From the Vaults: Lewis & Clark Signature Project

by Sarah Bell

I recently ran across this article from SustainableBusiness.com – Which Universities Are the Greenest? – featuring Sierra Club’s annual “Cool Schools” ranking. I was surprised to see only one Pacific Northwest higher education institution on the list, but happy that Portland’s Lewis & Clark College ranked Number 5. As Lewis & Clark is one of THA’s earliest academic clients, reading this article inspired me to write about our early work there for our next From the Vaults post.

In 1996, THA completed the three-building “Signature Project” on Lewis & Clark’s campus. As with our first From the Vaults post, the Signature Project came to THA as a result of a national design competition (1993). The project consists of three buildings – a humanities building, arts facility, and an addition to the College’s mid-century Paul Thiry library – grouped around a circular plaza.

Lewis & Clark College is located on the former Frank Estate, built in the 1920s. A study in simplicity, THA’s winning entry evokes the historic style of the original Manor House and landmark garden. The buildings and their relationship to each other grow out of the geometry and spirit of the original estate. In February of 1997, then Oregonian architecture critic Randy Gragg wrote, “In all of Portland it would be hard to find a better symbol for our architectural hopes than the newly christened Signature Project at Lewis & Clark College…as an ensemble it is a work of urban design from which the city as a whole might learn.”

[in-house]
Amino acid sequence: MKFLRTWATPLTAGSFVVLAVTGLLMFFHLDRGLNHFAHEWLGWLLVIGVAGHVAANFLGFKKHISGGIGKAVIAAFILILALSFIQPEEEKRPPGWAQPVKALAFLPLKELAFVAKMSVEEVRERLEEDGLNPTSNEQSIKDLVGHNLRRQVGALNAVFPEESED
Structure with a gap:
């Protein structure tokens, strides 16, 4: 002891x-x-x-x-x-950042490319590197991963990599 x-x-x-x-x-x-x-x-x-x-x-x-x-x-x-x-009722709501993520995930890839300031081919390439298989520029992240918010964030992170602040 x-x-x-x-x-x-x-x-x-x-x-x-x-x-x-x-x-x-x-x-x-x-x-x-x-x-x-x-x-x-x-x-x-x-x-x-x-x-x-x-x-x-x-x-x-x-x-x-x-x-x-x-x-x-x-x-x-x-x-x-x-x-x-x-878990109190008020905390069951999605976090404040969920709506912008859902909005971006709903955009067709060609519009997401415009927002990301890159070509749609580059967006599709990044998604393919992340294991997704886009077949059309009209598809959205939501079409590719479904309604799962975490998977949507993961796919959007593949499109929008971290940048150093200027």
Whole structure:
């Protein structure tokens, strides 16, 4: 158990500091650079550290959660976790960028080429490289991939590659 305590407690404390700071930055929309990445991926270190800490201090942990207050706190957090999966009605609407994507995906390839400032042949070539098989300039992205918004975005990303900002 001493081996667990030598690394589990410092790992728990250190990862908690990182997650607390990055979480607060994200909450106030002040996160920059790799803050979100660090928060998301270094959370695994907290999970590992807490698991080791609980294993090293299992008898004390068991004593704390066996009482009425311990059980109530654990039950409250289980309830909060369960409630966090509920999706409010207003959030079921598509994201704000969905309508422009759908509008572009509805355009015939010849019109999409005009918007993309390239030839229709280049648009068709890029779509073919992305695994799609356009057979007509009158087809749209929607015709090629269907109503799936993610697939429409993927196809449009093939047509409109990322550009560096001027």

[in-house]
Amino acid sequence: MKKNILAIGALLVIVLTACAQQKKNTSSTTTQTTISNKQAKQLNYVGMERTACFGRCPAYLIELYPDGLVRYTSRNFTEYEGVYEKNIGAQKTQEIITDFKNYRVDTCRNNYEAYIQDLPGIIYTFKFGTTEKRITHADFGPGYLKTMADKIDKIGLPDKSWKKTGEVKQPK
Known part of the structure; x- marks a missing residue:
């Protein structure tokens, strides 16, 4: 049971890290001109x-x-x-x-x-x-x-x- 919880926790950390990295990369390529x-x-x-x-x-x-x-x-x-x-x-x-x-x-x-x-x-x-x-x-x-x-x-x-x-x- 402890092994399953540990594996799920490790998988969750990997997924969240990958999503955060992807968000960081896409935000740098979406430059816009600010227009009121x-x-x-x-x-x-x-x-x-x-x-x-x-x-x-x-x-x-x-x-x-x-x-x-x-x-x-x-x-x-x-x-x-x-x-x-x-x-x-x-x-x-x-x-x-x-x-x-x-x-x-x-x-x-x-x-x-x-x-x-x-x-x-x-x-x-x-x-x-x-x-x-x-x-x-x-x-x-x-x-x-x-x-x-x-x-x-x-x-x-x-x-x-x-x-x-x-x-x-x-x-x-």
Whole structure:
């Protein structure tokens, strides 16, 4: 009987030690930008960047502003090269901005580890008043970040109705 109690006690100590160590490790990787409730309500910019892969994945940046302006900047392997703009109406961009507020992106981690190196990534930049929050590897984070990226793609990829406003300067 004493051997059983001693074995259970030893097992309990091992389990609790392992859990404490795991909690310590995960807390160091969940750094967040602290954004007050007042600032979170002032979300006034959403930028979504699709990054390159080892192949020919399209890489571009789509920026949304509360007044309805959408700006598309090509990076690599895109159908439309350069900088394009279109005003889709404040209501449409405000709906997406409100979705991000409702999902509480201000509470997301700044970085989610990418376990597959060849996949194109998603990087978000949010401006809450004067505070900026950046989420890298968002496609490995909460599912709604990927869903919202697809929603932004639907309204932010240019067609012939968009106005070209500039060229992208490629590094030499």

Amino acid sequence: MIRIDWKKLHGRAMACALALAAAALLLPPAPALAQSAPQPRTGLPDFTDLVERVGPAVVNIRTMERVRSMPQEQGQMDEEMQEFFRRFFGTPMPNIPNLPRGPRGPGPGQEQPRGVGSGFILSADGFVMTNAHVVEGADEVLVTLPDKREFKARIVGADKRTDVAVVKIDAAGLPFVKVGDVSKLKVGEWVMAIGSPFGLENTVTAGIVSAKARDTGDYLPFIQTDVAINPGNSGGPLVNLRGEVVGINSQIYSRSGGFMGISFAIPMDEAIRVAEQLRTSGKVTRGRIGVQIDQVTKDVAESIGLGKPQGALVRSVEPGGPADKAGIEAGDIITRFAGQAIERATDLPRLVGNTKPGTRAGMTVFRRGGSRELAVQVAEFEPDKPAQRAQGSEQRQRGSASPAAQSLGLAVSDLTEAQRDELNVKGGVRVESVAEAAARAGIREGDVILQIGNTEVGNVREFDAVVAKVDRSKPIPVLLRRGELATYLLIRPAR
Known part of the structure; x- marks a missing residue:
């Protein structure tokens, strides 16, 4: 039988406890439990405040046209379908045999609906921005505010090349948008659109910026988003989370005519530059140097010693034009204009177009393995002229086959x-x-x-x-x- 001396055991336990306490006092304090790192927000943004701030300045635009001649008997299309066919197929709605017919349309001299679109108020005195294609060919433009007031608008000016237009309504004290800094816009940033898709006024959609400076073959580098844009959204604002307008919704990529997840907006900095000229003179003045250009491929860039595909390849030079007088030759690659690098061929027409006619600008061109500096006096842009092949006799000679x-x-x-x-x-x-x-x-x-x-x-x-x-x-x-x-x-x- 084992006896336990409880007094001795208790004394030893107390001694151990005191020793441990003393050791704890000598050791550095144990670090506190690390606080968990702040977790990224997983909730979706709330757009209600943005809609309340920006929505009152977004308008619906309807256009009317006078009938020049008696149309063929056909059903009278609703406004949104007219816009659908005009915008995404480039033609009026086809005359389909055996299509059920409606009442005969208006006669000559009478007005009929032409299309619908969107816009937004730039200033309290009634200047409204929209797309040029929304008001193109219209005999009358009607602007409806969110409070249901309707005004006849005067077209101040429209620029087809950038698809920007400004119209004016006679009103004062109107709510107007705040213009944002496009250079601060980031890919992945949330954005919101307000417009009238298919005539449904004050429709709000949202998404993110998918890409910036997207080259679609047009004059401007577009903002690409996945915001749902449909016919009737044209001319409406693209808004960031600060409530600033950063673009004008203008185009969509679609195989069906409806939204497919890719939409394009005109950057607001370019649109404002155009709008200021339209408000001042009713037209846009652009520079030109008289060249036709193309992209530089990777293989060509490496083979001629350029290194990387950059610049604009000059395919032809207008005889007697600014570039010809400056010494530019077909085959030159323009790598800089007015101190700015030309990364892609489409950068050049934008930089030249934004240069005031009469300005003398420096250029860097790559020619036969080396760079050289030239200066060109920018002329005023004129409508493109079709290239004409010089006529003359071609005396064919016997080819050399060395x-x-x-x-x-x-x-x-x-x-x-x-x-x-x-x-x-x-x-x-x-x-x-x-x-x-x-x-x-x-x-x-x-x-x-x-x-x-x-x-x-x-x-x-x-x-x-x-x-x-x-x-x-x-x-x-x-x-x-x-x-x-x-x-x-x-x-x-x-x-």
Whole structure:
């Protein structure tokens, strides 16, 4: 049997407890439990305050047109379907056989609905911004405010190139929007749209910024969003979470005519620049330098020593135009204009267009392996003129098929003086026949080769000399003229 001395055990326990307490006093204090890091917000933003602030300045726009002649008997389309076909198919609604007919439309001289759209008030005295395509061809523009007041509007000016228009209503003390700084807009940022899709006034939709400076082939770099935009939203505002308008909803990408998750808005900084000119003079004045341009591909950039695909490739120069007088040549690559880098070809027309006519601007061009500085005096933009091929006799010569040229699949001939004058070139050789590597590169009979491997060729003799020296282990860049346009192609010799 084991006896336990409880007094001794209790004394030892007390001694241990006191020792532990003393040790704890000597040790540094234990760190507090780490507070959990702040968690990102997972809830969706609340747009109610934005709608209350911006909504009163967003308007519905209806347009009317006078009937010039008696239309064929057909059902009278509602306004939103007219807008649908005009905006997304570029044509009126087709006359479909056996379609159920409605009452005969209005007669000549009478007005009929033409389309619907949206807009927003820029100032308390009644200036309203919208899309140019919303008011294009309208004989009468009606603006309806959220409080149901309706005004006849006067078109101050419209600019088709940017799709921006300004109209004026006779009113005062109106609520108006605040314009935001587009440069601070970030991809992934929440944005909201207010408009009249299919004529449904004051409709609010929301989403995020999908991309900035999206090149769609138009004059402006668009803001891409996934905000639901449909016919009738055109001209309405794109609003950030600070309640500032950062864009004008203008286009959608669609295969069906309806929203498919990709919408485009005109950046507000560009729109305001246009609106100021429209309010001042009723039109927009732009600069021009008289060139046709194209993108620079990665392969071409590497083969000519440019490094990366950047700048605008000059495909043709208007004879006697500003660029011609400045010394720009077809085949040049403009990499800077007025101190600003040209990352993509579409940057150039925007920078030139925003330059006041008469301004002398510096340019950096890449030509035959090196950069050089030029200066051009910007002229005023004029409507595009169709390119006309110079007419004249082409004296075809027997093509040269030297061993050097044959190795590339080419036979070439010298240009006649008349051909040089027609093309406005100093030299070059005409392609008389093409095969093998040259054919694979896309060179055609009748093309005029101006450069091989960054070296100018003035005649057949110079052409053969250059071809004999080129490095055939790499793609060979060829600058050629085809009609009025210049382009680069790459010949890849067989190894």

I want to tie this back to Lewis & Clark being one of the nation’s greenest colleges. The Signature Project was a few years before the LEED® rating system was born, but in a post-occupancy evaluation of the project performed with the College, we calculated it would have easily been LEED certified. Even in the early 1990s, Lewis & Clark was way ahead of the curve with their approach to sustainable development. The next project we completed for them was Howard Hall for Social Sciences, which was the first LEED Gold academic building in Oregon. Of course, we take zero credit for Lewis & Clark’s “Cool Schools” ranking – that is a result of their superior academic environmental programs and their educational mission to cultivate global thinkers and leaders. But we are honored to have been a part of building their campus and housing these amazing programs and people.

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What Pro Bono Work Has Taught Us

by Audrey Alverson

Pro bono architecture: Why do we do it?

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